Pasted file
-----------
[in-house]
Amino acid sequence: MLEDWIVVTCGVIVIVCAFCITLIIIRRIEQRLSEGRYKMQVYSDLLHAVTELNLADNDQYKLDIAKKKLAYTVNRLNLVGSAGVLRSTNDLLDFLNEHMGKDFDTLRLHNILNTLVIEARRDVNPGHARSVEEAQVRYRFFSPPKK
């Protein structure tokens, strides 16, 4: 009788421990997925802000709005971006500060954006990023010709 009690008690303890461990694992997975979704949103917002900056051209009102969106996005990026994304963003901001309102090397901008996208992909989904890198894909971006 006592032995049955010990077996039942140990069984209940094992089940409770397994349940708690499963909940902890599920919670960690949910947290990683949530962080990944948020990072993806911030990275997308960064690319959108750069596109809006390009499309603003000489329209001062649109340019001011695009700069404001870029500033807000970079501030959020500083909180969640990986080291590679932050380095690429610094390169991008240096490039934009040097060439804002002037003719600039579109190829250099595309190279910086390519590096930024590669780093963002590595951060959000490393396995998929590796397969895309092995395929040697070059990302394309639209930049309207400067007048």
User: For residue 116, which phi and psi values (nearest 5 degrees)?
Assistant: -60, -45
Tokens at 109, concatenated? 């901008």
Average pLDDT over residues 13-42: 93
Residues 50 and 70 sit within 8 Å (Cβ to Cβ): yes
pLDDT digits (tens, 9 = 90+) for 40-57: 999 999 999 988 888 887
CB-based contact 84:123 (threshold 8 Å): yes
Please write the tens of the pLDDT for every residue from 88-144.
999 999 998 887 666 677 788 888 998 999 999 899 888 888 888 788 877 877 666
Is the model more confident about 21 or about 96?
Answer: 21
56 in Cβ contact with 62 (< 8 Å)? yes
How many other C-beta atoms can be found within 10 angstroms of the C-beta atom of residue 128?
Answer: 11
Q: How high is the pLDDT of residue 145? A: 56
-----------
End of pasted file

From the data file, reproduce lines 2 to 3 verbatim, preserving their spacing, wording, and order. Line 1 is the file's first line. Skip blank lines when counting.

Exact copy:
Amino acid sequence: MLEDWIVVTCGVIVIVCAFCITLIIIRRIEQRLSEGRYKMQVYSDLLHAVTELNLADNDQYKLDIAKKKLAYTVNRLNLVGSAGVLRSTNDLLDFLNEHMGKDFDTLRLHNILNTLVIEARRDVNPGHARSVEEAQVRYRFFSPPKK
């Protein structure tokens, strides 16, 4: 009788421990997925802000709005971006500060954006990023010709 009690008690303890461990694992997975979704949103917002900056051209009102969106996005990026994304963003901001309102090397901008996208992909989904890198894909971006 006592032995049955010990077996039942140990069984209940094992089940409770397994349940708690499963909940902890599920919670960690949910947290990683949530962080990944948020990072993806911030990275997308960064690319959108750069596109809006390009499309603003000489329209001062649109340019001011695009700069404001870029500033807000970079501030959020500083909180969640990986080291590679932050380095690429610094390169991008240096490039934009040097060439804002002037003719600039579109190829250099595309190279910086390519590096930024590669780093963002590595951060959000490393396995998929590796397969895309092995395929040697070059990302394309639209930049309207400067007048």